This discussion will explore the implications of these findings and whether there is adequate support to suggest the existence of a subculture of violence.
In , Wolfgang and Ferracuti draw upon Wolfgang’s earlier work on inner-city African-American neighbourhoods in Philadelphia in order to formulate an operational definition of the concept of a subculture.
This theorization assumes the existence of distinct subcultural, pro-violent values that develop in opposition to dominant or middle-class norms and values.
This literature review will provide a detailed discussion of the subculture of violence thesis and trace its development from the work of Wolfgang and Ferracuti (1967) to its more current applications.
Rather, rates of crime and violence vary spatially and demographically.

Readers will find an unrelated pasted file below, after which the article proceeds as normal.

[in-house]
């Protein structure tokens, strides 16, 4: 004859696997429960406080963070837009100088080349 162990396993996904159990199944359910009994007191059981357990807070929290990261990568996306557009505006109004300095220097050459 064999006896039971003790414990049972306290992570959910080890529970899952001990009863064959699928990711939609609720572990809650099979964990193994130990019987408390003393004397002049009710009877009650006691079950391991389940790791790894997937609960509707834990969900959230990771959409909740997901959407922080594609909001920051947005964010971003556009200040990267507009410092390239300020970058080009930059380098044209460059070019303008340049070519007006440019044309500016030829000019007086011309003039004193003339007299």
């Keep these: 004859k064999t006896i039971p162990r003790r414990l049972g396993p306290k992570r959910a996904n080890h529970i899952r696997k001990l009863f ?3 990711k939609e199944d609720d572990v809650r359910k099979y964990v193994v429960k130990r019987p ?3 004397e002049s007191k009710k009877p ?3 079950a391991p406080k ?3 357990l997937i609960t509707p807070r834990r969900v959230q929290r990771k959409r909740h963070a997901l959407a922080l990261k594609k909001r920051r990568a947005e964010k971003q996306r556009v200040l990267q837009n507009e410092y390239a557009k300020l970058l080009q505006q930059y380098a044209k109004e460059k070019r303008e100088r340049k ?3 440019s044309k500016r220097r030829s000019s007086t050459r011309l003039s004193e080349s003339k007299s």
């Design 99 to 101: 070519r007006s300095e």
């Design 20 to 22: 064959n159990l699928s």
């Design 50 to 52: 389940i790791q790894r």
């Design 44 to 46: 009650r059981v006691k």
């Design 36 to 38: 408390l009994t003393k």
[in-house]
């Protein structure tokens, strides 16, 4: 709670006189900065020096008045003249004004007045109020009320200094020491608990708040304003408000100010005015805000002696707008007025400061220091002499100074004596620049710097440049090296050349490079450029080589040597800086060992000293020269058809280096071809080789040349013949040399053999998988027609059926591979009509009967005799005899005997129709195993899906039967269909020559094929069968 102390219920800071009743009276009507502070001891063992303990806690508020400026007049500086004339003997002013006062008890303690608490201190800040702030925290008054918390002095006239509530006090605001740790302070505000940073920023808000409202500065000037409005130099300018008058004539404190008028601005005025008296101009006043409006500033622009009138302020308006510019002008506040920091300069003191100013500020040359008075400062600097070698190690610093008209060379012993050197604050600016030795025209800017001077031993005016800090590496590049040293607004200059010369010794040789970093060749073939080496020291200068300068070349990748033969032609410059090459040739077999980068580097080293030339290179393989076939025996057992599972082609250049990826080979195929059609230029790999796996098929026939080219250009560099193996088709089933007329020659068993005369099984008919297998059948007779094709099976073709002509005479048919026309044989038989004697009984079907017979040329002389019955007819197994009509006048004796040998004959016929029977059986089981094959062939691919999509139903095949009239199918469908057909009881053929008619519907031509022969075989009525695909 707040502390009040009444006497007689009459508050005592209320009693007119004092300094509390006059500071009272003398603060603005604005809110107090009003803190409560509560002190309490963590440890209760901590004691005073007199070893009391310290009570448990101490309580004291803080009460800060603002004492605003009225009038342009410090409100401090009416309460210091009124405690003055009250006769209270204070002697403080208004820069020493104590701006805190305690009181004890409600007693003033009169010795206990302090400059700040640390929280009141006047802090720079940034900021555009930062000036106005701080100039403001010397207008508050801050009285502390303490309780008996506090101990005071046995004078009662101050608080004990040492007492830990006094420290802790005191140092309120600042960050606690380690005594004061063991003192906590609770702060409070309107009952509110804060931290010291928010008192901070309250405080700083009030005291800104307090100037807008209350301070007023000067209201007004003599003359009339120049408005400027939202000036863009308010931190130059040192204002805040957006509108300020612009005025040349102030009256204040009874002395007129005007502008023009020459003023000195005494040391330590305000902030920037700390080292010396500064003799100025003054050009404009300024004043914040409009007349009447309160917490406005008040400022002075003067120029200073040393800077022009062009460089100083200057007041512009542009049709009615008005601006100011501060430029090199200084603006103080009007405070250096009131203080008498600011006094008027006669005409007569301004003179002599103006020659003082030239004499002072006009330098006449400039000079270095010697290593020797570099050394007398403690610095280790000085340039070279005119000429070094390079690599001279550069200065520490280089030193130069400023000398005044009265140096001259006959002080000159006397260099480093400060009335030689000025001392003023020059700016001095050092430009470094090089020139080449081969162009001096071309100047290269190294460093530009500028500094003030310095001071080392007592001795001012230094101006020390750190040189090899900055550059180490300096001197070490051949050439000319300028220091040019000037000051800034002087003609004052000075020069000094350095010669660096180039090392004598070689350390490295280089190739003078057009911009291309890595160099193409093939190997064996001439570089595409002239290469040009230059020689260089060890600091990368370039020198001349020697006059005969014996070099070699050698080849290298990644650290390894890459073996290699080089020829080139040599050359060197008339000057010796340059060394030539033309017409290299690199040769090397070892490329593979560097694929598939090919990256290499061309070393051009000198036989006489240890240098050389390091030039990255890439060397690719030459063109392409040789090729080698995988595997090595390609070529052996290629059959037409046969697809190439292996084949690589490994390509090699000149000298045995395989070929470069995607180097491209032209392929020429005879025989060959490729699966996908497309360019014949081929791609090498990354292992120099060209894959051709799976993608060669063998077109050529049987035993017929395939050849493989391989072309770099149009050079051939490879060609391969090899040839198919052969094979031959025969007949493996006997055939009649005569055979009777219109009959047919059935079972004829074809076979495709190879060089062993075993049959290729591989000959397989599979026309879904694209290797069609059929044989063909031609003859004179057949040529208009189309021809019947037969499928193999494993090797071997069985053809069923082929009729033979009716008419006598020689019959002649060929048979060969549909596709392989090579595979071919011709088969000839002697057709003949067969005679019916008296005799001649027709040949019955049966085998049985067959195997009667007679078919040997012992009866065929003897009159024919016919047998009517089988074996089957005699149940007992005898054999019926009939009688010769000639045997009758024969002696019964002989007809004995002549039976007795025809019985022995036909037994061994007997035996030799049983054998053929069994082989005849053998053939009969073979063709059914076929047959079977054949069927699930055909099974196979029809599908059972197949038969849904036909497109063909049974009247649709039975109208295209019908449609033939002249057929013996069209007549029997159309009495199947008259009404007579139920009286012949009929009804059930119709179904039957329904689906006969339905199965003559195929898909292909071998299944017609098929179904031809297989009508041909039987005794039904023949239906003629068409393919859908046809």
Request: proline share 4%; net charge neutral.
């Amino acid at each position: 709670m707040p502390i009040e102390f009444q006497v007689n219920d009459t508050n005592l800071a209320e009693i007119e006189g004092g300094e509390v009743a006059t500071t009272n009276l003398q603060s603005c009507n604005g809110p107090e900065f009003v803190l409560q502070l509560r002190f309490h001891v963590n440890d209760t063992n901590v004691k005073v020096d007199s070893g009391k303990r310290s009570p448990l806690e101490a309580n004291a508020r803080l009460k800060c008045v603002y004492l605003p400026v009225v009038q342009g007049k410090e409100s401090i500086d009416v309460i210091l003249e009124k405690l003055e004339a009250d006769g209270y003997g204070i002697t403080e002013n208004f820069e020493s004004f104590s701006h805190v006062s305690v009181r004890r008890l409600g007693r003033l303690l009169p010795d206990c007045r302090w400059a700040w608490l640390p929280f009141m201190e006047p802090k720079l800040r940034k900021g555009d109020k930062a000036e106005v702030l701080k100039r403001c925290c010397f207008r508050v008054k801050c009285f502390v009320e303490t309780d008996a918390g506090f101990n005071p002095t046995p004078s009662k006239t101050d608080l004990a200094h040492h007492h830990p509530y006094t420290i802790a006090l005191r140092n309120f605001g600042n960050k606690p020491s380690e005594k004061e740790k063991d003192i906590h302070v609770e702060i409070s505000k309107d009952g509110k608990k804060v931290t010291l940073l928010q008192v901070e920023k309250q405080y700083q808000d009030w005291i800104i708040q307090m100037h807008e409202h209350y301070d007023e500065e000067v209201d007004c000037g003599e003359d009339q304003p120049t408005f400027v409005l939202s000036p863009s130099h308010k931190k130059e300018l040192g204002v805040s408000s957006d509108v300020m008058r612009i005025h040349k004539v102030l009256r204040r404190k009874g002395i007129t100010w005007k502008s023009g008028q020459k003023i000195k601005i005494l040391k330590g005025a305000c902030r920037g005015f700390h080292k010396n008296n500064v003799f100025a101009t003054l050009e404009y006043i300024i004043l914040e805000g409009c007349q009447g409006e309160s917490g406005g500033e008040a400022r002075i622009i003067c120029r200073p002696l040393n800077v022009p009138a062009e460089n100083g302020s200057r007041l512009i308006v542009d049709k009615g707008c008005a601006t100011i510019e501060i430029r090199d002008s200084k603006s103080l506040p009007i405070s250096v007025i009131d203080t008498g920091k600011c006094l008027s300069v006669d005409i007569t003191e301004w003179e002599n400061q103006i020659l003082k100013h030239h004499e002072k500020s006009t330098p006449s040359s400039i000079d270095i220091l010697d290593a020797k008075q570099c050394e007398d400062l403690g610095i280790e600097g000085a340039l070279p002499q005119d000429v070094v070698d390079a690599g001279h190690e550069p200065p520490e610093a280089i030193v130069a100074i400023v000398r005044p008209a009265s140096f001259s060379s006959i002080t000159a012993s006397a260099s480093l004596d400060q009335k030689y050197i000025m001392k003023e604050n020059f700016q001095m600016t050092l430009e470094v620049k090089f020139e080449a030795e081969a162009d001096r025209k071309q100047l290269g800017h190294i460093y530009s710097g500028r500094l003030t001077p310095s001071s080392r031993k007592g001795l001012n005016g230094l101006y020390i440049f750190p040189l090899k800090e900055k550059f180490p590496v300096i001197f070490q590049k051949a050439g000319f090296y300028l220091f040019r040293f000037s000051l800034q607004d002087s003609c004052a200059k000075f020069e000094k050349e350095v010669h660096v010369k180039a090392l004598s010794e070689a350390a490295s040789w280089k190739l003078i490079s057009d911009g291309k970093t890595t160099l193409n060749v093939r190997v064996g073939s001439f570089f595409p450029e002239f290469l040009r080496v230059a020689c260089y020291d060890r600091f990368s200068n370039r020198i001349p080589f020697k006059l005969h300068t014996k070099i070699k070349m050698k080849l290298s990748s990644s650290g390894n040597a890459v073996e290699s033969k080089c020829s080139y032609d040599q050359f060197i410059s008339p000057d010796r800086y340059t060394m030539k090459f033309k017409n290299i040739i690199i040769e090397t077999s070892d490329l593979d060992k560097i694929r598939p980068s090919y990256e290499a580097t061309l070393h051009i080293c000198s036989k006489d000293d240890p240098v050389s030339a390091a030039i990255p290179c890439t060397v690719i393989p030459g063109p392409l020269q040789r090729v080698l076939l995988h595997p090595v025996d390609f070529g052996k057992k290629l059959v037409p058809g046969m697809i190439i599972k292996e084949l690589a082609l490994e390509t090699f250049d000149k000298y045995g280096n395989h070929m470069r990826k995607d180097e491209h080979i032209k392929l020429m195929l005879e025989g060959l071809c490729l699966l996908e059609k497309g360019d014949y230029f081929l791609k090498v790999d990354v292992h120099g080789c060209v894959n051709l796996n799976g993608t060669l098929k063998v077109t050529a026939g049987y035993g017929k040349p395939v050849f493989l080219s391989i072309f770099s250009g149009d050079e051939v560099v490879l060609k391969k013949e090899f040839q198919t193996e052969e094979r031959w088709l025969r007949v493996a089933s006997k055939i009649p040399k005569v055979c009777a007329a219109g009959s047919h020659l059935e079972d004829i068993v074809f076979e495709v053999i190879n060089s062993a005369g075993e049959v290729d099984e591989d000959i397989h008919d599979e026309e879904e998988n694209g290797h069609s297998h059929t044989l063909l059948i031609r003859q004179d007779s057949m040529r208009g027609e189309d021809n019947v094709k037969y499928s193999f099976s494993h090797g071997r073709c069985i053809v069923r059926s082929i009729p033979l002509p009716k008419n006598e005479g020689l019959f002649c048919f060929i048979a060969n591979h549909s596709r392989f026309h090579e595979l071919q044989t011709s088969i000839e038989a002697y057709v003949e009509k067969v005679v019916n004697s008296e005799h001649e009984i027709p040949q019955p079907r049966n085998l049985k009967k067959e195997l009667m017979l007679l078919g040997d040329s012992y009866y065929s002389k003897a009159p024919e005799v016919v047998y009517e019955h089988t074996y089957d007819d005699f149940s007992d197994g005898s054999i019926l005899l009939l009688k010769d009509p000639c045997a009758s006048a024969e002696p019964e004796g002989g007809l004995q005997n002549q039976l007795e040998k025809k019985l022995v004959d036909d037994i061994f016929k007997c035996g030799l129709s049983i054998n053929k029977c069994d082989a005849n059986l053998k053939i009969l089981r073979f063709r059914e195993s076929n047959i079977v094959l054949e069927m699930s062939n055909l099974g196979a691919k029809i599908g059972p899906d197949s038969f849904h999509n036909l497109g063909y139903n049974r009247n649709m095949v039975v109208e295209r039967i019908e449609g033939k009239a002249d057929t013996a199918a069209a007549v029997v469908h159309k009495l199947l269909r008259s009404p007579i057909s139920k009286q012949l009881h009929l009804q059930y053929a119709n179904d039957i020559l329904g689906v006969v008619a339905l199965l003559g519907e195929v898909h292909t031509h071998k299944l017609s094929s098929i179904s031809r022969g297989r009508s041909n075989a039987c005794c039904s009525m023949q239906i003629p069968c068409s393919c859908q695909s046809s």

The endeavour to understand these patterns has generated a range of theories that highlight various social processes, including how crime is learned and taught and how it emerges from social inequalities.century, when researchers attempted to look beyond biological and psychological explanations to understand crime.The shift in understanding violence as a social phenomenon, rather than an individual one, emerged from observations that incidents of violence tend to not be evenly distributed within society.Possibly the most well-known theory in this genre of work, Wolfgang and Ferracuti’s attempted to outline a methodological framework for the empirical examination of violent subcultures.Central to their discussion was the idea that higher rates of violence amongst lower-class and racialized populations could be explained by the fact that these groups have embraced values and norms that are more permissive of violence.In addition, Wolfgang and Ferracuti’s assertions have been widely criticized for perpetuating stereotypes of young African-American males, for failing to consider the emergence of subcultures of violence, and for their theoretical negligence of social structural factors in their discussions of root causes of violence (Convington, 2003; Surratt et al., 2004).Many of the studies that have evaluated the subculture of violence thesis do not test it in its entirety.Amongst these various explanations, few have been as durable as the explanation of culture.Cultural explanations for violence first emerged in the works of American delinquency theorists in the 1930s who were attempting to account for the concentrations of crime and violence in poor, urban African-American neighbourhoods in the 1930s.Over the past three decades, the subculture of violence thesis has undergone considerable scrutiny, given that Wolfgang and Ferracuti’s claims at the time they were writing were, for the most part, unsubstantiated.Those who have undertaken evaluations of this framework have pointed out the tautological or circular reasoning that underlies the assumed link between violent values and violent actions and the importance of analyzing individual data on values in order to asses the validity of this thesis (Erlanger, 1974; Kornhauser, 1978).